What’s in the COVID-19 emergency aid bill for Arizona?




The U.S. House of Representatives just passed a $2 trillion COVID-19 emergency bill that President Donald Trump has signed, but what money and benefits will Arizonans see from the bill? 

Arizona will get $2.8 billion in direct economic stimulus as part of a Coronavirus Relief Fund that can be used for expenses taken on by the state during the COVID-19 pandemic, 45% of which is set aside for local governments with a population over 500,000. 

Tribal governments in Arizona should expect to see money from the bill, as well, as $8 billion was set aside for tribal governments across the United States. 

The most direct impact Arizonans will likely notice from the package will come in the form of direct payments to individuals. 

Lower and middle income Americans can expect to have checks mailed to them by April 6. 

People with an adjusted gross income less than $75,000 can expect to get a check of $1,200. Married couples making less than $150,000 can expect a check of $2,400. Households with dependents will also receive $500 per child. 

Any person making more than $99,000 a year and any couple making more than $198,000 a year will not get a check. 

The Washington Post created a stimulus payment calculator

The bill allocates $140 billion to the U.S. Department of Health and Human Services, with the majority of it – $100 billion – going to hospitals. Some $16 billion of that money is going to the Strategic National Stockpile to help procure ventilators and personal protective equipment. 

States have already been receiving expired personal protective gear, and reporting by the Center for Public Integrity found that there are only 16,600 ventilators in the federal government’s strategic stockpile of ventilators.  

The bill also allocates $250 million to improve the capacity of facilities in order to respond to the pandemic. That could be a boon to Arizona, which is facing a steep shortfall in hospital beds to respond to the growing number of COVID-19 patients. 

The Department of Labor will be receiving $360 million to invest in programs that provide training and services for those impacted by the pandemic, as well as allowing them to implement new paid leave and unemployment insurance benefits.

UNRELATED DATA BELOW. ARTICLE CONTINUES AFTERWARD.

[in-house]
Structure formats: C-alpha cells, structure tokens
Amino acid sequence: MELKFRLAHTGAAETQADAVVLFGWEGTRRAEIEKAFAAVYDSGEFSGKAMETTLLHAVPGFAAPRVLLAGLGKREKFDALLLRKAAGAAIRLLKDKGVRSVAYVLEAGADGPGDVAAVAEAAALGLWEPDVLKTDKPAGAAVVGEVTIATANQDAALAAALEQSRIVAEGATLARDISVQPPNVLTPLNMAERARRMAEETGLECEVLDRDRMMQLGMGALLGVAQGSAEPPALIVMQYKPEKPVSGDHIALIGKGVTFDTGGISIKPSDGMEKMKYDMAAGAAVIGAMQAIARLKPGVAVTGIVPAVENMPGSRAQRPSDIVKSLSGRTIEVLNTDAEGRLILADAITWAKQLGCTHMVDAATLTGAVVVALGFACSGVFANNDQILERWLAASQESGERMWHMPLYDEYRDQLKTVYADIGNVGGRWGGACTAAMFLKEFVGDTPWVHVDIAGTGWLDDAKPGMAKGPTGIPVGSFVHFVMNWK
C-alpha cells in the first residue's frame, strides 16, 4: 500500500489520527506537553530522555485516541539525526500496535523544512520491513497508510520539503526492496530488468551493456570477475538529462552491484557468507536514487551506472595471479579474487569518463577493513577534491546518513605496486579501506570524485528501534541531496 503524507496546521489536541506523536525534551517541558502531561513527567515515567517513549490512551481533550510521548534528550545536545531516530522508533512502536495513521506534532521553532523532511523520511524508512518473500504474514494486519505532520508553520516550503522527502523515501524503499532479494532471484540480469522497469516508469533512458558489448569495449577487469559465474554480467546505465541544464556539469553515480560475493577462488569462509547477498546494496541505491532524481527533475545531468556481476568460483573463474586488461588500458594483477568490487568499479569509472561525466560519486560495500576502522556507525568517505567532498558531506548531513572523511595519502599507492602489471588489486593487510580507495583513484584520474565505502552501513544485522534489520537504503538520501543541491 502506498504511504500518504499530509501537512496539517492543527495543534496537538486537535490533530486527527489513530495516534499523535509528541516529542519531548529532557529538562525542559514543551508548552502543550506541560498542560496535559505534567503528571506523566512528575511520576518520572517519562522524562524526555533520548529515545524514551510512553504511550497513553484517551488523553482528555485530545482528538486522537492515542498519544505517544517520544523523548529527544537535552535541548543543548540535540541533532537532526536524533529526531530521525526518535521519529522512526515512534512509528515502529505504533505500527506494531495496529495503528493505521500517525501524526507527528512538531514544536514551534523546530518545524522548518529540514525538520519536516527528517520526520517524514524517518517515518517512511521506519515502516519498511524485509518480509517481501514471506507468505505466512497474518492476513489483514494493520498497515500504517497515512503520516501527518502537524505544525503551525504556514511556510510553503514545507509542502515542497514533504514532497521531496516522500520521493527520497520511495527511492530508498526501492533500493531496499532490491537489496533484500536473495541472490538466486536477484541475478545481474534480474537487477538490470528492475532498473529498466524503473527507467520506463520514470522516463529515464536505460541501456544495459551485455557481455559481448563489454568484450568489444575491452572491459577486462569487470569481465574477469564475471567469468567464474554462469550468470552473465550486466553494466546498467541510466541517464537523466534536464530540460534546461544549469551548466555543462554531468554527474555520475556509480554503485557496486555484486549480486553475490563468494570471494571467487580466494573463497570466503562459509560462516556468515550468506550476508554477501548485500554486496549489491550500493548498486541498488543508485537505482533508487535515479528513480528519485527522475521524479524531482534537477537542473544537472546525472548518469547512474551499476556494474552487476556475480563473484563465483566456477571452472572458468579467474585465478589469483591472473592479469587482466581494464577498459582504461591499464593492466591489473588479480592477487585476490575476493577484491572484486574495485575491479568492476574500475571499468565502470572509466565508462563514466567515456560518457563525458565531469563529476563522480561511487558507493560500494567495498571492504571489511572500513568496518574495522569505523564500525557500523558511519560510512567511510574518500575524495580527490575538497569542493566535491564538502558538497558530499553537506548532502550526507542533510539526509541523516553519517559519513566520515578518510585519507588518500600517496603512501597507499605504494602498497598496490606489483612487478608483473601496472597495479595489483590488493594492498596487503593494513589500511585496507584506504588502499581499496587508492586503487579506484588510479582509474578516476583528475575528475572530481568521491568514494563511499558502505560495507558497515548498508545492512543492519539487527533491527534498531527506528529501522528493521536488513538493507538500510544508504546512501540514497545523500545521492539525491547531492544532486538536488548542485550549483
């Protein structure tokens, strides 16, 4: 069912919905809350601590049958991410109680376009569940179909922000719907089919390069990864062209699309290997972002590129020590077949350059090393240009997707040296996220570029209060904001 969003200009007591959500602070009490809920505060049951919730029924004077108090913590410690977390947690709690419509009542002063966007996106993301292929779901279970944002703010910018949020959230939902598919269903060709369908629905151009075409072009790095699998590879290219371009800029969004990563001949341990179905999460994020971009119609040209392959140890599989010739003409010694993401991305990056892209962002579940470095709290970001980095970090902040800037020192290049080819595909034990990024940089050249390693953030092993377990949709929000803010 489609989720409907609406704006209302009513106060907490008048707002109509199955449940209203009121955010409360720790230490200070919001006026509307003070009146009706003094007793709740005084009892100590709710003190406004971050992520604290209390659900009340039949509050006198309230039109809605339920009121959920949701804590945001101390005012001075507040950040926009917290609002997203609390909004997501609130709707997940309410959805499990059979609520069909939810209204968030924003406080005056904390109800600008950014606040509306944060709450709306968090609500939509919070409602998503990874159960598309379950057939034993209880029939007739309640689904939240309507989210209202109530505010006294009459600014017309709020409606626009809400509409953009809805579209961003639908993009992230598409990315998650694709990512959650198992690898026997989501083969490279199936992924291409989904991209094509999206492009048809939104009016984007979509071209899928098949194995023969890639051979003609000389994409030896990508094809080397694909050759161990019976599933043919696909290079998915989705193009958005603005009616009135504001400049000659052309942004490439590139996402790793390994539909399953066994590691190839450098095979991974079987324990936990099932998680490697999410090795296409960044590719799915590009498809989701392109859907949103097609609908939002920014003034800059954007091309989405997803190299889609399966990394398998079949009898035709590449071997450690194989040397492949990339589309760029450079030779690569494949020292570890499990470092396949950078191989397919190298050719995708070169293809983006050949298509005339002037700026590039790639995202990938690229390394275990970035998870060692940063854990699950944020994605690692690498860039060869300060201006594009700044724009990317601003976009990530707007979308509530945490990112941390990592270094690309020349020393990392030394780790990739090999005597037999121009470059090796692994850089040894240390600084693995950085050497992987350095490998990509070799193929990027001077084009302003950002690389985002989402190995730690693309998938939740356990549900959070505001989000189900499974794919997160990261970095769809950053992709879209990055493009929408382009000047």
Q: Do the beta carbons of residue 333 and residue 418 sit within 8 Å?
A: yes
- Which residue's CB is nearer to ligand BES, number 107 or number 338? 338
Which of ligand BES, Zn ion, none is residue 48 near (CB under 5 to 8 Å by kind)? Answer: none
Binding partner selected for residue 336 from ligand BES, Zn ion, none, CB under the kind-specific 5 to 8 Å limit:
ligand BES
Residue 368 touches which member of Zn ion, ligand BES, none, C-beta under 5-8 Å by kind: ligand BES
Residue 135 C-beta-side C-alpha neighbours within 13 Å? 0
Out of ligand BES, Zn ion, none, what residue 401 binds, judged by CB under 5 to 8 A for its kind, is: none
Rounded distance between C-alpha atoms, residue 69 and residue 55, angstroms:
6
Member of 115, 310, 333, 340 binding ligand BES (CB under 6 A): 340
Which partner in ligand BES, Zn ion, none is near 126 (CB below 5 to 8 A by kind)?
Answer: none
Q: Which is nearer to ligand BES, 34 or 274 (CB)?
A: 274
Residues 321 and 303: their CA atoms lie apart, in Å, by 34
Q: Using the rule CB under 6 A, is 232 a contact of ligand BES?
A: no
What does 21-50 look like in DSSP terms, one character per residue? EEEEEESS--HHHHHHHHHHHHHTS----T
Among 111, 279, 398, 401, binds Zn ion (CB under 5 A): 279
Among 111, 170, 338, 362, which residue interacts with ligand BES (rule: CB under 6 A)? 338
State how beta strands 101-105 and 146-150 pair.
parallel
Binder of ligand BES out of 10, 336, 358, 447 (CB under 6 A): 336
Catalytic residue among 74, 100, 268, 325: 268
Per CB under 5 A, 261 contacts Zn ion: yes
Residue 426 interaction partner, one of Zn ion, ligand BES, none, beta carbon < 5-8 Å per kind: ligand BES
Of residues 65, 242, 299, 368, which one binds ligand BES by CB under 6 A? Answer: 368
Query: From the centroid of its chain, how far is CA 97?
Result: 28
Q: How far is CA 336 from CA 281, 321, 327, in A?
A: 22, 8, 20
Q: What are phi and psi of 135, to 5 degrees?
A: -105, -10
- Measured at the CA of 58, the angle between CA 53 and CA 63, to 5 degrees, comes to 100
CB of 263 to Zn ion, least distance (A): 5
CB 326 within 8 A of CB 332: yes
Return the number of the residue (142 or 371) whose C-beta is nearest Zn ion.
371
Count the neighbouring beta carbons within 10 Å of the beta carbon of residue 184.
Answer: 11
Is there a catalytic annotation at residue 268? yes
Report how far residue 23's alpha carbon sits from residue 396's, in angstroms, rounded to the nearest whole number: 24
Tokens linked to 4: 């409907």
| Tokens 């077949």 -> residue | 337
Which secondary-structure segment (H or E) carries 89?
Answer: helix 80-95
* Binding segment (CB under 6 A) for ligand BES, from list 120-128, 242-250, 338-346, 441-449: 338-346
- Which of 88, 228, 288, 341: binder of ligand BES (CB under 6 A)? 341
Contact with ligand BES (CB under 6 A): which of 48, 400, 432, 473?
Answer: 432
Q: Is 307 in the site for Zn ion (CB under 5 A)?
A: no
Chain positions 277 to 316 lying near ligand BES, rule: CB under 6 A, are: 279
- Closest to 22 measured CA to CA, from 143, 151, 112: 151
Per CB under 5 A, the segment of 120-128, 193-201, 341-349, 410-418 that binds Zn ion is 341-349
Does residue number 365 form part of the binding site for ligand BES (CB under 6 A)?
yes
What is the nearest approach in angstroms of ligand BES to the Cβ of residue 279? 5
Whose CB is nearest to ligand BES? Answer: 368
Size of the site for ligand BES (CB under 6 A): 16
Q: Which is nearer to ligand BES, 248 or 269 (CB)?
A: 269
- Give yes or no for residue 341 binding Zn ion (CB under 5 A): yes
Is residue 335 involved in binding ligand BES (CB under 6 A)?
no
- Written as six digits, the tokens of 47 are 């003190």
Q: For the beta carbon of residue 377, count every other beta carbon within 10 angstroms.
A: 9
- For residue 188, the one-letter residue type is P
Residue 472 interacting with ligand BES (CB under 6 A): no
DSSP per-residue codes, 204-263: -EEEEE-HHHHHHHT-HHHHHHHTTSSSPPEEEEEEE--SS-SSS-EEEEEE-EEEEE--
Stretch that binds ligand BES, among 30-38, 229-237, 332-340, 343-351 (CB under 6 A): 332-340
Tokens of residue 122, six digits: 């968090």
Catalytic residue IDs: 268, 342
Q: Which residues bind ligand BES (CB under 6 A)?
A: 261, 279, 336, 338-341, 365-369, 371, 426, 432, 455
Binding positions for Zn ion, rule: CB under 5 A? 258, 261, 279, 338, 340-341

The labor department will also expand unemployment insurance from three to four months and will provide temporary unemployment compensation of $600 per week on top of state and federal benefits. Part-time, self-employed and gig economy workers will now have access to these benefits, as well. Arizona’s unemployment benefits are a paltry $240 a week, 50th out of 51 in the nation, including the District of Colombia.

The Department of Veterans Affairs will be receiving $19.6 billion for equipment, tests and support services, which will help the 1 in 10 Arizona adults who are veterans

The Community Development Block Grant program will be receiving $5 billion in funding. CDBG funds help food banks, child care centers and community health facilities, and Gov. Doug Ducey has already had to deploy the National Guard to help restock grocery stores and food banks in the state. The funds could aid in replenishing those supplies. 

The Small Business Administration is receiving $10 billion in funding for grants of up to $10,000 to provide immediate relief for operating costs for affected businesses. Arizona has already been granted emergency loans through the agency

The bill also creates a $500 billion lending fund for business, cities and states. Ducey and other GOP governors this week signed a letter calling for that aid to states.

The bill secures $30.8 billion for an Education Stabilization fund for states, $13.5 billion of which will go to elementary and secondary schools. 

Those funds are to be used for coordinating activities during long-term school closures, purchasing educational equipment and supporting online learning. Each state will get a share of $3 billion to share with local education agencies and institutions that have been affected the most. 

Another $14.3 billion will go to higher education and will provide emergency financial aid that will help with covering students costs of food, housing and helping transition to a more online form of teaching. 

With Arizona public and private schools remaining closed until April 10, this funding could help with continued learning as the COVID-19 pandemic continues. 

As of March 27 there are 665 confirmed cases of COVID-19 in Arizona and 13 deaths, according to the Arizona Department of Health Services

How you can tell if you might have been impacted

Symptoms of coronavirus resemble that of the flu. So, if you’re experiencing coughing, fever, difficulty breathing, or shortness of breath, you should consider getting checked out. Call your primary care physician or visit an urgent care center or emergency room — but call the health care provider before you go so they can be prepared for your arrival. The Arizona Poison and Drug Information Center is taking COVID-19 calls: 1-844-542-8201

How COVID-19 spreads

  • Through the air by coughing or sneezing
  • Close personal contact, such as touching or shaking hands
  • Touching an object or surface with the virus on it

How to prevent spreading COVID-19

  • Cover coughs or sneezes with your elbow. Don’t use your hands.
  • Wash hands often with soap and water for at least 20 seconds. Use an alcohol-based hand sanitizer if soap and water are not available.
  • Clean surfaces frequently, including counter tops, light switches, cell phones, remotes, and other frequently touched items.
  • Contain: If you are sick, stay home until you are feeling better. Once symptoms are gone experts recommend staying home an additional 72 hours.